"Research is the process of going upalleys to see if they are blind."

Marston Bates

12.2 COMPARING TWO PROPORTIONS (Pages678 - 689)

OVERVIEW: This section, although notlengthy in terms of pages, has lots of "meat" in it. There are twostandard error formulas that are commonly used when comparingproportions from two independent samples. Both formula are listed onthe formula sheet that is provided to those who take the AdvancedPlacement Statistics Examination. On page 679, the authors remindreaders that "variances add" when you are talking about differences.This thought is important in understanding the standard error formulalisted on page 681. Just a reminder... the "variances add" idea goesback to page 400. Review, if necessary.

I'll attempt to summarize this important sectionwith two examples:

Example 1 (In whichwe assume that there is no reason to assume that the samples comefrom populations with equal variances.) We will use formulas shown onpage 681.

Do voters want State Proposition A? Assume that the following represents the results foundwhen examining two random samples from two different towns in thestate.

 Sample Size # wanting Prop. A Sample Proportion Sample #1 N1 = 93 74 p1(hat) = .796 Sample #2 N2 = 87 54 p2(hat) = .621

SE = sqrt[(.796)(1-.796)/93 + (.621)(1-.621)/87] =0.06672

Since the sampling distribution ofp1(hat) -p2(hat)isapproximately normal, the 95% confidence interval forp1 -p2 is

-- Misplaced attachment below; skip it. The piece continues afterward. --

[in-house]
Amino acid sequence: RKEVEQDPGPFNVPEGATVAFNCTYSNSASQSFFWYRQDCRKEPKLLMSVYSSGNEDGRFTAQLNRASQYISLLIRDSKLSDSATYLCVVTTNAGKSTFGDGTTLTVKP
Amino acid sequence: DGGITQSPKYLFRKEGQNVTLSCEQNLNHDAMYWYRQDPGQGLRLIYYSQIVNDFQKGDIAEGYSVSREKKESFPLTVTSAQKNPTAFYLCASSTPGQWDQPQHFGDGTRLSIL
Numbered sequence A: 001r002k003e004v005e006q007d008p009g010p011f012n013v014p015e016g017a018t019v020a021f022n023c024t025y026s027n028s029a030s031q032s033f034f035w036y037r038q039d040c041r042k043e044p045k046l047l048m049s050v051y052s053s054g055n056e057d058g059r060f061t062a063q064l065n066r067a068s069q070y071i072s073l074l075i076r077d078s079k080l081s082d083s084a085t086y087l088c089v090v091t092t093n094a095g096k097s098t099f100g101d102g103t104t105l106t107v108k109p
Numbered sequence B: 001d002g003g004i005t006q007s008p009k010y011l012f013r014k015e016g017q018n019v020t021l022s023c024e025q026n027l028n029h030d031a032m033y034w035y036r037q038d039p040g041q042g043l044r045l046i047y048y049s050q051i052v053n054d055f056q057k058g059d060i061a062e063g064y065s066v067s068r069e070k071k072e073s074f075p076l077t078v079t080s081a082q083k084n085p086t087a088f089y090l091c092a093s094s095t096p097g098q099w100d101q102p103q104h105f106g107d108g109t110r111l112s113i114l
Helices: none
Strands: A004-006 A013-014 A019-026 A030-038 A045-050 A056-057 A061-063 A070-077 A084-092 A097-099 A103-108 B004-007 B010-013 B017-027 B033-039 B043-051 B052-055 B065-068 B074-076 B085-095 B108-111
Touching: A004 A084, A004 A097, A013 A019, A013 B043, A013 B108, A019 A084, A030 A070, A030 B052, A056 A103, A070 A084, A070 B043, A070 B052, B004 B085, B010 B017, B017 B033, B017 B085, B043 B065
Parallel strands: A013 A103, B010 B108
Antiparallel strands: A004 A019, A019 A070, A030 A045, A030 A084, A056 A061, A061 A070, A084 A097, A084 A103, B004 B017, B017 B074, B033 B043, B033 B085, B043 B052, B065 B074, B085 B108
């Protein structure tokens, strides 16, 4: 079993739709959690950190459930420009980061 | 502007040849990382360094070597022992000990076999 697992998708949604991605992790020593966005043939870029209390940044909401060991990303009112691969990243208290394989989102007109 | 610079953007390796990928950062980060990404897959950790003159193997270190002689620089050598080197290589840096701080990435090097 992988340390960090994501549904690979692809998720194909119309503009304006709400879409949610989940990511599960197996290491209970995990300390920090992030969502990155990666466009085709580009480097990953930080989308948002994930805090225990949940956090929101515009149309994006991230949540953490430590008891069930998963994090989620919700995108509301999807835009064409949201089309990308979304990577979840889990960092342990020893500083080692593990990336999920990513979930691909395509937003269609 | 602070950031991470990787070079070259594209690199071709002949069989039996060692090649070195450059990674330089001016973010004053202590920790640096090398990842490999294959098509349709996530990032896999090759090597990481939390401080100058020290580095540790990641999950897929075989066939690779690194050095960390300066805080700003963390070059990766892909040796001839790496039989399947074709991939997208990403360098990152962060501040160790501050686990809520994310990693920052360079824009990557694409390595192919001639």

(.796-.621) plus/minus 1.96(0.06672) = 0.174plus/minus 0.1308 = [4.32%, 30.48%].

Since this is a 95% confidence interval, we knowthat 19 out of 20 confidence intervals constructed in this fashionwould contain the true percentage difference. In other words, it isstatistically reasonable to assume that the actual value for theparameter p1- p2 isbetween 4% and 30%. Since this interval does not contain 0%, it isreasonable to conclude that these samples came from populations thatdiffer in their support for Proposition A.

Example 2 (In whichwe initially assume that the samples come from populations with equalvariances.) We will use formulas shown on page 684.

Assume we have the following statistical resultsfrom a research project.

 Sample Size # successes Sample Proportion Test group N1 = 1,865 103 p1(hat) = .0552 Placebo group N2 = 1,712 79 p2(hat) = .0461

Null hypothesis H0: p1 = p2

Alternate hypothesis Ha: p1 is not equal top2.

Pooling the data, we obtain p(hat) =(103+79)/(1895+1712) = .0509.

z = (.0552-.0461)/sqrt[(.0509)(1-.0509)(1/1865 +1/1712)] = 1.24.

At the 5% level of significance (2-tail), thecritical region is z < -1.96 or z > 1.96. Since our calculatedz of 1.24 is not in this region, we would not rejectH0.

Alternate approach:Using the TI-83, normalcdf(1.24,1E99,0,1) = .1074877610. Since this is a 2-tailsituation, the P-value is 2(.1074877610), or about 21.5%. There isnot strong evidence to reject H0 .